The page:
DYCHE | Teach our children well - WDRB 41 Louisville News

DYCHE | Teach our children well

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By John David Dyche
WDRB Contributor

Is it more important to teach children religious faith or tolerance? According to recent polling by The Pew Research Center for the People & the Press, conservatives are putting a relatively high priority on the former and a relatively low priority on the latter, while liberals reverse those priorities.

The Pew Research Center describes itself as a "nonpartisan fact tank that informs the public about the issues, attitudes and trends shaping America and the world." It "conducts public opinion polling, demographic research, media content analysis and other empirical social science research," but "does not take policy positions."

It recently asked participants in its American Trends Panel about "teaching 12 different qualities to children." The qualities were independence, hard work, being responsible, creativity, being well-mannered, helping others, persistence, religious faith, obedience, empathy for others, curiosity, and tolerance.

According to the report, "Responsibility ranks as the most important child-rearing value for every group – consistent conservatives, consistent liberals and those in between." There was also widespread agreement across ideological lines that "hard work" and "good manners" are among the most important qualities.

But "the starkest ideological differences are over the importance of teaching religious faith," with 81% of consistent conservatives thinking it is especially important, but only 26% of consistent liberals. Those results appear to reflect the fact that 42% of consistent liberals "are religiously unaffiliated, compared with just 6% of consistent conservatives."

Consistent conservatives ranked "religious faith" and "responsibility" together at the top. Consistent liberals put "empathy" in second place behind "responsibility."

The study shows that, "Men and women have similar value priorities for children for all but a handful of qualities. To the extent there are differences, women are more inclined to prioritize helping others and empathy."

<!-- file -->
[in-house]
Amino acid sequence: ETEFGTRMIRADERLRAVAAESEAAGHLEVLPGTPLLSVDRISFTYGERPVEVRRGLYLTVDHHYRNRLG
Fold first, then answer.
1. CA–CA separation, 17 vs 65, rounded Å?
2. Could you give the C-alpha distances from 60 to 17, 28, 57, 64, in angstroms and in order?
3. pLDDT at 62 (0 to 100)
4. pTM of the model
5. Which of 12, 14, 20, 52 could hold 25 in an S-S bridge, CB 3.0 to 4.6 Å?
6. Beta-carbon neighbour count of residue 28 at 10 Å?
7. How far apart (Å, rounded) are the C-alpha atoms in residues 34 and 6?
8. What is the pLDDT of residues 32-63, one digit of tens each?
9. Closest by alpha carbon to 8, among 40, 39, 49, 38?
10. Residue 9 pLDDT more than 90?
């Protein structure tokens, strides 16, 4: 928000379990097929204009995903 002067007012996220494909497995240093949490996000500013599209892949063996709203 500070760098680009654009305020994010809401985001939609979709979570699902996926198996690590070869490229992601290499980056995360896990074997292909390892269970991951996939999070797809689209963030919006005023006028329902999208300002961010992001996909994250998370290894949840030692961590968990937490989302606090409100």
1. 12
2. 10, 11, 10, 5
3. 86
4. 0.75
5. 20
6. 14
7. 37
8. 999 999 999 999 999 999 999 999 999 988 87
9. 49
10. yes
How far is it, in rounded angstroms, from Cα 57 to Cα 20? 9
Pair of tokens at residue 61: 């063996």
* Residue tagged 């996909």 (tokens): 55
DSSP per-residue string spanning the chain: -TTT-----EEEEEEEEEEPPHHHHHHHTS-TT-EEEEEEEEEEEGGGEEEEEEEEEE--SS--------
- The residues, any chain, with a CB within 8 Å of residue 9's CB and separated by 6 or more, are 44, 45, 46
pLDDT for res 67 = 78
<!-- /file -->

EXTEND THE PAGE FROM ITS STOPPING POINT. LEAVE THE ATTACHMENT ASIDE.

Older people put a higher priority on teaching religious faith, and younger adults value creativity more than their elders do. College graduates put a premium on teaching "empathy, curiosity, tolerance, and persistence," while those with a high school education or less prize "obedience, religious faith, and being well-mannered" more.

African-Americans place greater importance "on teaching children religious faith" than do other groups. Almost 70% of them say it is especially important.

So what are Americans to make of this largely stereotype-reinforcing data? Our initial reaction should perhaps be relief and celebration that so many adults still believe that it is appropriate for them to teach values to children at all!

Second, while it is interesting to learn how people prioritize these qualities, it might be even more important to know how many children have an adult in their life who is actually teaching them any of these traits. So bad are some economic and social trends that one reasonably wonders, indeed fears, that many children get no exposure to even the widely agreed upon qualities.

Third, just because we pay lip service to teaching a quality to children does not necessarily mean that we are doing a good job of it. The proof is in the pudding, of course, and Americans must collectively and individually make a candid assessment of our success in conveying the traits we say are important.

Fourth, there is, or at least ought to be, overlap in the values that conservatives and liberals ranked as most important. Empathy and tolerance are essential aspects of religious faith, for example, just as responsibility and hard work transcend ideological divisions. We may disagree on definitions, but can still find common ground.

Fifth, forget the children for a moment and realize that there is a need for a revival of these qualities in the lives of adults, too. Every grown up would benefit from a frank reappraisal of how her or his own life reflects the values believed to be vital to instill in our children. The young will, after all, do as we do as much or more than they do as we say.

Finally, we must renew our faith in the future and our dedication to the proposition that our children will have better lives than we have. This includes, but must not be limited to, material well-being. Americans have always dreamed big and lived large, and we should imagine a good world in the broadest possible sense for the next generations.

The Pew Research Center's research provides a valuable service not only by informing us, but also by provoking us to what ought to be an urgent consideration of these issues. Teaching our children what it means and takes to live truly good lives may be our highest calling.

John David Dyche is a Louisville attorney and a political commentator for WDRB.com. His e-mail is jddyche@yahoo.com. Follow him on Twitter @jddyche.

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